… This restoration of benefits to their original status should not deteriorate into a political blame game. Both sides of the aisle have acknowledged the need to cut government spending: In June, the Democrat-led Senate approved legislation that included $4.5 billion in SNAP cuts. The Republican-led House last month approved a bill that would cut funding for SNAP by $40 billion over 10 years.
The good intentions of program supporters do not cancel out the need for individuals to escape poverty through jobs and economic opportunity. Unless and until Congress cuts back on spending and reaching into hardworking taxpayers’ pockets to fund dependency, the opportunity for economic growth that creates jobs in the private sector will not occur. Until and unless Congress acts to relieve the overbearing regulatory burdens, mandates and costs that are being imposed on businesses in this country, the kinds of jobs that can advance Americans out of poverty will not be created.
Washington needs to end the bickering over how many fish to feed the five thousand and step back so that the five thousand learn how to feed themselves the traditional American way – through a work ethic. [Read the whole thing here]
Broadly speaking, there are two ways to slow the pace of global warming. Humans could stop adding carbon-dioxide to the atmosphere. Or scientists could try to artificially cool the planet — say, by spraying reflective particles in the stratosphere to block (a small bit of) sunlight.
The first option is typically the only one that comes up in policy discussions. But climate scientist David Keith has long argued that we should start thinking seriously about both strategies. His new book, “A Case for Climate Engineering,” makes the argument at length.
It’s a highly controversial view. After all, solar geoengineering is fraught with risks. Things could go badly awry. And Keith is upfront about those dangers; indeed, he has called for an international moratorium on deployment until we understand the technology better. But geoengineering may be the best way to limit some of the damage from the carbon-dioxide we’ve already put in the atmosphere. At the very least, he says, scientists need to start researching the idea more thoroughly.
Keith, who left the University of Calgary in 2011 for a position at Harvard’s School of Engineering and Sciences, talked with me this week about his new book. . . .
The rest is available at WA Post’s Wonkblog.
Zack Beauchamp doesn’t think so:
Unlike some progressives, I’m deeply sympathetic to the idea of a left-libertarian alliance. I like the libertarians line on the drug war, mass incarceration, civil liberties, corporate welfare, immigration, and restrictions on internet pornography and other infringements free speech. Libertarians are a net-positive influence on Republican foreign policy and some of their arguments for economic freedom contain important insights about oppression and domination. There’s a lot to recommend about “liberaltarianism,” in short.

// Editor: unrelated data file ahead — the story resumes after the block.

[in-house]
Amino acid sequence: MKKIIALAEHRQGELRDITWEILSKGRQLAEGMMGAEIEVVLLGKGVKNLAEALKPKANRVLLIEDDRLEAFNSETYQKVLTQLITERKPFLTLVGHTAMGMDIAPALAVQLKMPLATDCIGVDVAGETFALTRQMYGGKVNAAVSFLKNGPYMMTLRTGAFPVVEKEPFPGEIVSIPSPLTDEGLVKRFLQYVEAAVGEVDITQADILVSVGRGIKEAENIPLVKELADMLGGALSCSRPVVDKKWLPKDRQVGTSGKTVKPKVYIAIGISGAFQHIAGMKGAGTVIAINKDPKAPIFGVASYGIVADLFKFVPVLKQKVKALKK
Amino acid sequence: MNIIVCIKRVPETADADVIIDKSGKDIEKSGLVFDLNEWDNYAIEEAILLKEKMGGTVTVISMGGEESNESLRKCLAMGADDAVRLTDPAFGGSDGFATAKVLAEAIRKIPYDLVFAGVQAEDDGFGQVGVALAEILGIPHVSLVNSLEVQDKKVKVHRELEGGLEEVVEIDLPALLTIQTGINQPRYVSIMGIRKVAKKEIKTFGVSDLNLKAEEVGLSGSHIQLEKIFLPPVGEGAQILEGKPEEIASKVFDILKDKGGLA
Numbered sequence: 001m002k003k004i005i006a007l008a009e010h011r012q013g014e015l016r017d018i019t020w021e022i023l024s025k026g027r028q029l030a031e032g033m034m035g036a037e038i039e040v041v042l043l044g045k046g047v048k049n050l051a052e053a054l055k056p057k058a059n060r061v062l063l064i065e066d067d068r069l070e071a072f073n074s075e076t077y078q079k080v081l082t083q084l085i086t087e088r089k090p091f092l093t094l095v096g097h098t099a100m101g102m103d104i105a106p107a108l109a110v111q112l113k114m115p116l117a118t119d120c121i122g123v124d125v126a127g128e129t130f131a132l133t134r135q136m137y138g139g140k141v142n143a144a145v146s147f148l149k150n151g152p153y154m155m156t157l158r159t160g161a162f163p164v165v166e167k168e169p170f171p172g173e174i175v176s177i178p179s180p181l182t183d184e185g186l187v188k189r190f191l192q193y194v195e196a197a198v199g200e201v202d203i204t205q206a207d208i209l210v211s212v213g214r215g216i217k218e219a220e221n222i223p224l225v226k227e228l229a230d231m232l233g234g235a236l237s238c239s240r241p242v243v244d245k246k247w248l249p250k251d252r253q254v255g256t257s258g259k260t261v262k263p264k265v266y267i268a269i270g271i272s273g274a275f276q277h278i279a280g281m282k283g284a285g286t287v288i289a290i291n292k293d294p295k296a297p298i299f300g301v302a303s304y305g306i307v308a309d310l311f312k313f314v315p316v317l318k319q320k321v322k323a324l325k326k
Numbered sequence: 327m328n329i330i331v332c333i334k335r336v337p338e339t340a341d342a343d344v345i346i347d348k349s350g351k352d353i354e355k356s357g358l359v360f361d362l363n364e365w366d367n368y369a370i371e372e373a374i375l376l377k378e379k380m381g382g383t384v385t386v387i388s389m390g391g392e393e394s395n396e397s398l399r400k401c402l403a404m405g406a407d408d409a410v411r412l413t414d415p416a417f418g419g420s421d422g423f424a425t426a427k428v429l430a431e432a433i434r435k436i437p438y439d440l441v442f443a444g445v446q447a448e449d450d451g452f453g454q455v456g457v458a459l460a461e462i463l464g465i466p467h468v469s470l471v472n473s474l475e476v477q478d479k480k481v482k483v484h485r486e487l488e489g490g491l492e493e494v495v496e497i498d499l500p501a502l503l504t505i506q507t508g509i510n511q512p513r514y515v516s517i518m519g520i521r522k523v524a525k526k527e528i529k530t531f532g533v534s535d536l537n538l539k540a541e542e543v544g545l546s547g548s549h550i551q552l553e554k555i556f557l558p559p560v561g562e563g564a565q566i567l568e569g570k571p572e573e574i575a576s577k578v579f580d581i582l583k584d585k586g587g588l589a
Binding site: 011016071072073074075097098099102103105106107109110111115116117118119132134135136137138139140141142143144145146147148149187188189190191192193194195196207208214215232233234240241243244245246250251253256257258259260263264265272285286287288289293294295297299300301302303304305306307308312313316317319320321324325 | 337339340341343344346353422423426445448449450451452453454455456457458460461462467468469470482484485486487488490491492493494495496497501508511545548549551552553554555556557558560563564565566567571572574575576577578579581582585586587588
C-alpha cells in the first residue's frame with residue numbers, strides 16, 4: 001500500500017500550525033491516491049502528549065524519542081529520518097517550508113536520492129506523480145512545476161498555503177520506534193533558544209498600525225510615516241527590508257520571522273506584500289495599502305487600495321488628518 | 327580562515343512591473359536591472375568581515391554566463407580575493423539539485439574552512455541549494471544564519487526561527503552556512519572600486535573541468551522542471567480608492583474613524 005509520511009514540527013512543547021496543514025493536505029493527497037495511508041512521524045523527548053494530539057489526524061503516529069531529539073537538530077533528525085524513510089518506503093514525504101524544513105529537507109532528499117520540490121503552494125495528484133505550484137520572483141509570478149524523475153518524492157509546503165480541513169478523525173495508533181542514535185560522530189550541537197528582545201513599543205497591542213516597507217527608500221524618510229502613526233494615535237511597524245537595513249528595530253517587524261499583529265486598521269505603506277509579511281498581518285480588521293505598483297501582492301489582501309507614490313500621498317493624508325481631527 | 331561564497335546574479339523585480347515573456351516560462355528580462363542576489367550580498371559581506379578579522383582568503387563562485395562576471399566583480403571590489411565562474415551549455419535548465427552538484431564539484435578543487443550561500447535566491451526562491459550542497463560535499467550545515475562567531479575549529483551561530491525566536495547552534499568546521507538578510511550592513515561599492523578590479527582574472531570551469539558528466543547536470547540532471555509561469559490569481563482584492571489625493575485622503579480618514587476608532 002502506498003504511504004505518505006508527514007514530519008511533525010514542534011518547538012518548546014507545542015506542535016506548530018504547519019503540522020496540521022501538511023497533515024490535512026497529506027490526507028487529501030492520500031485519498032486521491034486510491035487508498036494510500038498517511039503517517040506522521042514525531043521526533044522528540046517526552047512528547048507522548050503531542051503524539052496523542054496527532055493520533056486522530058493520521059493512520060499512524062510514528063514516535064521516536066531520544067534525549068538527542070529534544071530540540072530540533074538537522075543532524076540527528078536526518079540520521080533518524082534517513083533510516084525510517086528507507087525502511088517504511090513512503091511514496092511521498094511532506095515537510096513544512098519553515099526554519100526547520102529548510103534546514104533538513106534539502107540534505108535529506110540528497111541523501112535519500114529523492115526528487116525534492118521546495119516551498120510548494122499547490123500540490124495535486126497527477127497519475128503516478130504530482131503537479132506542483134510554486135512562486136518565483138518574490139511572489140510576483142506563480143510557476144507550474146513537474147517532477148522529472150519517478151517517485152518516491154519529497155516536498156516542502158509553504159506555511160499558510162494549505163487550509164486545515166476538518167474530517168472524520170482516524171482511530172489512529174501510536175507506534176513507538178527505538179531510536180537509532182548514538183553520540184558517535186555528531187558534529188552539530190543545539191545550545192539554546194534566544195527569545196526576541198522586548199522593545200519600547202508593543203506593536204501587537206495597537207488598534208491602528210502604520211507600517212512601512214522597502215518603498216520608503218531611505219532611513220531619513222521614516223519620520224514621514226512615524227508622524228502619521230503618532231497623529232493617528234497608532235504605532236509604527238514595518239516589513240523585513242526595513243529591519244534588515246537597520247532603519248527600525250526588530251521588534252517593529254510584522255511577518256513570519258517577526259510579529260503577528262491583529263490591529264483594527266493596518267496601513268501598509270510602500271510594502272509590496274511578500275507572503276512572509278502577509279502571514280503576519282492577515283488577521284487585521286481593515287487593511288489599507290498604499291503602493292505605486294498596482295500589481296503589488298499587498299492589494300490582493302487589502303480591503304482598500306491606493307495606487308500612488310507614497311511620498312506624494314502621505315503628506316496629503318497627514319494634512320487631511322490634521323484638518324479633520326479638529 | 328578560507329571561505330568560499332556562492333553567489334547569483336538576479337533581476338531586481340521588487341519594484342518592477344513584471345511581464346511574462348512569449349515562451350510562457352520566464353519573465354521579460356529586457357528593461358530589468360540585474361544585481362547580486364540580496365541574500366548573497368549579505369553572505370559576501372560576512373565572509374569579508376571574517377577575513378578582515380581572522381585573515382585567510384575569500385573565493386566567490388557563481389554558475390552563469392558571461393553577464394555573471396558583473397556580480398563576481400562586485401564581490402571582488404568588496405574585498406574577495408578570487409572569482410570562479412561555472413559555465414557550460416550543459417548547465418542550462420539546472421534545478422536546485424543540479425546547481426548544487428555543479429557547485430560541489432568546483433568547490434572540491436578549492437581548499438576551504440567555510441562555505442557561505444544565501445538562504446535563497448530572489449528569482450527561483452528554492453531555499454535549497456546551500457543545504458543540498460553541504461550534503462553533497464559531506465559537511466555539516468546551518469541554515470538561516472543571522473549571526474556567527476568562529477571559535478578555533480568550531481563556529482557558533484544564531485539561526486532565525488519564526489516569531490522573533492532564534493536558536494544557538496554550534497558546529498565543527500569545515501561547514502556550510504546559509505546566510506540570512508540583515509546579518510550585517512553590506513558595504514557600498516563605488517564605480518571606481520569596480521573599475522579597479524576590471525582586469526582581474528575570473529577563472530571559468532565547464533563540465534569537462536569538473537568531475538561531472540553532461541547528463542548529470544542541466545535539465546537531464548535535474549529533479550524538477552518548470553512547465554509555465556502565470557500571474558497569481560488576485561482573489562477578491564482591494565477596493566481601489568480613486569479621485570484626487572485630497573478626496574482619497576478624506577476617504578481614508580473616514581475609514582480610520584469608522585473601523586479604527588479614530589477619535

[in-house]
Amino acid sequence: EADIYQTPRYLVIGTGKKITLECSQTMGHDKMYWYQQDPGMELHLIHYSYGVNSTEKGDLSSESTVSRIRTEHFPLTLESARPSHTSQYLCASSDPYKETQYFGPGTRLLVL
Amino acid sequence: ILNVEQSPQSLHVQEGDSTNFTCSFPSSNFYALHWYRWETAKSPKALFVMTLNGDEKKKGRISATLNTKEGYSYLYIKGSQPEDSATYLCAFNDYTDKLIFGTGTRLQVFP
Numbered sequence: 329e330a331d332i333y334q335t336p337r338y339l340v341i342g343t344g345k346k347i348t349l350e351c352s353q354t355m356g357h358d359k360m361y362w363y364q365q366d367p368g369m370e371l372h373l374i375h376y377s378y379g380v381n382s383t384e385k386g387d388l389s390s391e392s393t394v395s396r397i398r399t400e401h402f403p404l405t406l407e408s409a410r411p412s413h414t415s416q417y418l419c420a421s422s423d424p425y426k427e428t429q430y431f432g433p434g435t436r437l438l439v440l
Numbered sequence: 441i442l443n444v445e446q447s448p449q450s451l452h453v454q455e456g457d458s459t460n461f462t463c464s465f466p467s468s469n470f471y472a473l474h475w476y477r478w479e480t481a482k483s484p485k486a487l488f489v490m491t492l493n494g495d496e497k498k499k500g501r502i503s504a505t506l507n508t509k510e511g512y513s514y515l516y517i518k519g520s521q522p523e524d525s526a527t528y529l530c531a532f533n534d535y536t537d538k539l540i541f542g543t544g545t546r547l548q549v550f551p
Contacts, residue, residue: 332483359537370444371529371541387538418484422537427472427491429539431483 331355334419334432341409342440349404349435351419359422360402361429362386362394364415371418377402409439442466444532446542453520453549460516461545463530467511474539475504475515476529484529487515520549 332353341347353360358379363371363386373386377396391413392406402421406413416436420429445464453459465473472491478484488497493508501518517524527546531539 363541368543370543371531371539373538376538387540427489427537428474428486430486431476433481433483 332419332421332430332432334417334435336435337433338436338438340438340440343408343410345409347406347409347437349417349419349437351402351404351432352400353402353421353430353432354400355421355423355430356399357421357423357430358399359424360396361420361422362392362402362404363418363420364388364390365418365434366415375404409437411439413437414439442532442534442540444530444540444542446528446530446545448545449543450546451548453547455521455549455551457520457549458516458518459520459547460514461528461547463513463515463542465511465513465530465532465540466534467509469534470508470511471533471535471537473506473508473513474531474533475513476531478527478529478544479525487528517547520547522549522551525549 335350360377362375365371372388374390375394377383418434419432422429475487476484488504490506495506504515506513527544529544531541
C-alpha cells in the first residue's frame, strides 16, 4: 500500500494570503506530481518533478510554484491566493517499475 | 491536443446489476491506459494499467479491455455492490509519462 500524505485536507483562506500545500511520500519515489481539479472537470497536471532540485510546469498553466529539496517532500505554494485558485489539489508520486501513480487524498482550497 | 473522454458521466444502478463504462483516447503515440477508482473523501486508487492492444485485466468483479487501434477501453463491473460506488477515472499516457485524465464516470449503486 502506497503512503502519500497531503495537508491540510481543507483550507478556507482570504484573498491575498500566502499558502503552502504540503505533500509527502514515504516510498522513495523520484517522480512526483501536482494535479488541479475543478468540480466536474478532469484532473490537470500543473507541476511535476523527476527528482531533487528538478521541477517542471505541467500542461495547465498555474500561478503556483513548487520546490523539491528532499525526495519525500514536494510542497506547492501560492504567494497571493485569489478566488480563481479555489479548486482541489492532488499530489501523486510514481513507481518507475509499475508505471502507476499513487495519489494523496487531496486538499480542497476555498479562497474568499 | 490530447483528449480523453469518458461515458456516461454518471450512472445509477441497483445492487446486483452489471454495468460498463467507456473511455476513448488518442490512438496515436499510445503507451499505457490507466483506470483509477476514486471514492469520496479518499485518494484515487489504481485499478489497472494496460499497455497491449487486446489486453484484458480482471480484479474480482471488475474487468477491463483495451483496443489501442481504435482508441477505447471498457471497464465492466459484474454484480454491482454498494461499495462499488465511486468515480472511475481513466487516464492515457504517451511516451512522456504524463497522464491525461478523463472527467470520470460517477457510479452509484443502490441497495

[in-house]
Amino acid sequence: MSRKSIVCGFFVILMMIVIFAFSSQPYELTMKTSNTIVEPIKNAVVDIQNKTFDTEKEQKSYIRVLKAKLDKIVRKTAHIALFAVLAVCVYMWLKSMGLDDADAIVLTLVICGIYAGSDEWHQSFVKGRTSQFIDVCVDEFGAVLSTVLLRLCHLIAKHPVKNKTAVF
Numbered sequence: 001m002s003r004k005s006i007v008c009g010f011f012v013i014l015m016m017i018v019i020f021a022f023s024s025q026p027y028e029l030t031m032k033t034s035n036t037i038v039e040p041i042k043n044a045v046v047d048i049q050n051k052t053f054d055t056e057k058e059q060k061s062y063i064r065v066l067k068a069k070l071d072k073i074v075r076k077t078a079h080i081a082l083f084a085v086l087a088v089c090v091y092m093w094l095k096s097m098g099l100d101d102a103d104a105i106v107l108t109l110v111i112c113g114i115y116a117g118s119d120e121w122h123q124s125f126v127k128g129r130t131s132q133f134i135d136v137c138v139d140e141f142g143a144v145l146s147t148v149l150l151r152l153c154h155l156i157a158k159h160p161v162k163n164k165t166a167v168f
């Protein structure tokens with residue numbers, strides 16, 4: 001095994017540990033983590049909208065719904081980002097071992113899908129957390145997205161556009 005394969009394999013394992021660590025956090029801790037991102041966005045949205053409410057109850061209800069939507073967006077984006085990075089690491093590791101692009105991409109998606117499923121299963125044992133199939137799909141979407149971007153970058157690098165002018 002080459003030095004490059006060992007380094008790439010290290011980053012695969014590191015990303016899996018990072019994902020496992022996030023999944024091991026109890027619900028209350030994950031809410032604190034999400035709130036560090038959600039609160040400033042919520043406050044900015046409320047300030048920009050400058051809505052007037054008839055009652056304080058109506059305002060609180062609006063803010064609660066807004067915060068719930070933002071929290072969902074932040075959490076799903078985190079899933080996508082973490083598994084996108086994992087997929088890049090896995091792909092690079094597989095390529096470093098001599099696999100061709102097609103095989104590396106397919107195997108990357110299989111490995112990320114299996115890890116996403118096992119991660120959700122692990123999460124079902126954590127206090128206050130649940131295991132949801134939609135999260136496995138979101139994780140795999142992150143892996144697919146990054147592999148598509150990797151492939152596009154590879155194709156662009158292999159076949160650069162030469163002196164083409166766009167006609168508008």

And yet it never seems to amount to anything in real terms. . . . [Continue reading]
Over at Monkey Cage, John Sides discusses new research on media effects conducted by political scientists Kevin Arceneaux, Martin Johnson, René Lindstädt and Ryan J. Vander Wielen:
The emergence of Fox News in 1996 offers researchers a neat opportunity. Cable providers added Fox News gradually, meaning that people in some parts of the country could see Fox News while others could not. The gradual rollout of Fox News makes it easier to identify its effects. For example, Republican-leaning voters were more likely to support then-Gov. George W. Bush in places with Fox News compared to places without it. Now, new research shows that Fox News’s impact extended beyond voters — to members of Congress themselves. And perhaps most surprisingly, both Democratic and Republican members were affected. [Continue reading here.]
Ari Joseph offers an interesting proposal: amend the Constitution to outlaw private money in public elections.
Questions to ponder:
(1) Is the author correct that there is actually a problem here to be solved? That is, is the system actually tilted toward the “haves” and against the “have nots”? Is this an altogether bad thing? Is there anything to be said in favor of such a system? Conversely, does the author understate the problem? That is, is the system actually more corrupted and/or unrepresentative than suggested? Explain.
(2) If we could wave a magic wand and pass this proposed amendment, how much more representative of lower and middle class income Americans do you think the system would become? Or would it make no difference or even make the system less representative of those economic classes? Explain.
(3) If the “rules of the game” are presently tilted toward the interests of the few, how could a political movement successfully alter those rules so as to make a more even “playing field”? (And if such a political movement could gain that much power, would the amendment then still be necessary?) Explain.
(4) The author suggests that the elimination of private money from politics would be something of a panacea for all the ills of American democracy. Do you think the author is correct in favoring that particular reform, or are there other reforms — e.g. automatic registration, compulsory voting, proportional representation, reforming the nomination process, elimination of equal state representation in the Senate, elimination of the electoral college, moving from a “presidential” (separation of powers) system to a parliamentary system — that would be more likely to fix the problems pointed to by the author? Explain.